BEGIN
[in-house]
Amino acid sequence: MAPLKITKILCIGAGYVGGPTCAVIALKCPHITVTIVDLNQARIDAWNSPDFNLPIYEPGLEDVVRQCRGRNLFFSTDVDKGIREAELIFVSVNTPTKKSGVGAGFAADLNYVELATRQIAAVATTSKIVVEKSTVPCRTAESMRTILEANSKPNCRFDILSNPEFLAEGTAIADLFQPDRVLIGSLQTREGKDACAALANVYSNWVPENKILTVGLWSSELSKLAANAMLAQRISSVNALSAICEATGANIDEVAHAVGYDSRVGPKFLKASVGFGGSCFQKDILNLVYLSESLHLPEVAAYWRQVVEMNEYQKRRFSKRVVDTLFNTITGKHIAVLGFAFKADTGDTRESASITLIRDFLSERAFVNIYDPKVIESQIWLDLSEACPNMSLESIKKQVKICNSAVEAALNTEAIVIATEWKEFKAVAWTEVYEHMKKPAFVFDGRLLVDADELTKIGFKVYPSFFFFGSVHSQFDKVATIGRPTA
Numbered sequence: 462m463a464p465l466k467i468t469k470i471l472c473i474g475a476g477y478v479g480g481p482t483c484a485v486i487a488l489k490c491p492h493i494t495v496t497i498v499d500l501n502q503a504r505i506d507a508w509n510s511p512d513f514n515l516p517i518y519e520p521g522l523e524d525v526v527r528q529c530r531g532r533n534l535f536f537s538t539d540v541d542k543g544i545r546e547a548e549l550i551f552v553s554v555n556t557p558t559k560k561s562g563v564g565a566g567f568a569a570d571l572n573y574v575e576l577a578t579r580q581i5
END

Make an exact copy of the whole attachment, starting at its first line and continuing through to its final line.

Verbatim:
[in-house]
Amino acid sequence: MAPLKITKILCIGAGYVGGPTCAVIALKCPHITVTIVDLNQARIDAWNSPDFNLPIYEPGLEDVVRQCRGRNLFFSTDVDKGIREAELIFVSVNTPTKKSGVGAGFAADLNYVELATRQIAAVATTSKIVVEKSTVPCRTAESMRTILEANSKPNCRFDILSNPEFLAEGTAIADLFQPDRVLIGSLQTREGKDACAALANVYSNWVPENKILTVGLWSSELSKLAANAMLAQRISSVNALSAICEATGANIDEVAHAVGYDSRVGPKFLKASVGFGGSCFQKDILNLVYLSESLHLPEVAAYWRQVVEMNEYQKRRFSKRVVDTLFNTITGKHIAVLGFAFKADTGDTRESASITLIRDFLSERAFVNIYDPKVIESQIWLDLSEACPNMSLESIKKQVKICNSAVEAALNTEAIVIATEWKEFKAVAWTEVYEHMKKPAFVFDGRLLVDADELTKIGFKVYPSFFFFGSVHSQFDKVATIGRPTA
Numbered sequence: 462m463a464p465l466k467i468t469k470i471l472c473i474g475a476g477y478v479g480g481p482t483c484a485v486i487a488l489k490c491p492h493i494t495v496t497i498v499d500l501n502q503a504r505i506d507a508w509n510s511p512d513f514n515l516p517i518y519e520p521g522l523e524d525v526v527r528q529c530r531g532r533n534l535f536f537s538t539d540v541d542k543g544i545r546e547a548e549l550i551f552v553s554v555n556t557p558t559k560k561s562g563v564g565a566g567f568a569a570d571l572n573y574v575e576l577a578t579r580q581i5